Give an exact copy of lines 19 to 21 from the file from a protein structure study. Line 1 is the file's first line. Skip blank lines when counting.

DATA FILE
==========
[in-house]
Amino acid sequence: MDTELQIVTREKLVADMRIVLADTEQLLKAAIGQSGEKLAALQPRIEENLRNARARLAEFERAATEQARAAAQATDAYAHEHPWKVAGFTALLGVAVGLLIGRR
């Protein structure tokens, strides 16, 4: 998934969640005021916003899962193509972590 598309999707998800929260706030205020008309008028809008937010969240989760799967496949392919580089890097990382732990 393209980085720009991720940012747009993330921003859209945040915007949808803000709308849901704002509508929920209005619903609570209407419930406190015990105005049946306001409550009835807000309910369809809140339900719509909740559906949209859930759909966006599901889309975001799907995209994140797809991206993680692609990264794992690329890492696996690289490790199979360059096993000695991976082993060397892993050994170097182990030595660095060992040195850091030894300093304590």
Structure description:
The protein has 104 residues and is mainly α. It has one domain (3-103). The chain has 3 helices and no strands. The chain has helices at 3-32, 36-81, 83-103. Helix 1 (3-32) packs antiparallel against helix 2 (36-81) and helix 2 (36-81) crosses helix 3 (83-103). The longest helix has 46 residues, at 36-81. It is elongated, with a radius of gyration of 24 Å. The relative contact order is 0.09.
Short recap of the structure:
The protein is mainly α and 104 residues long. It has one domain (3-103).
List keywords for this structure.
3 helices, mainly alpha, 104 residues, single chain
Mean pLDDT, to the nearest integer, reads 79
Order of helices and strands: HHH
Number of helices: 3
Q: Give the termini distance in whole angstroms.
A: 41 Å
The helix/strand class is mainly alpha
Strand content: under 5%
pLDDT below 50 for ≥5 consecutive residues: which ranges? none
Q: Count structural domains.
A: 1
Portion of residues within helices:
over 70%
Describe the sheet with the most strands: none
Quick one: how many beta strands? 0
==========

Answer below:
A: 1
Portion of residues within helices:
over 70%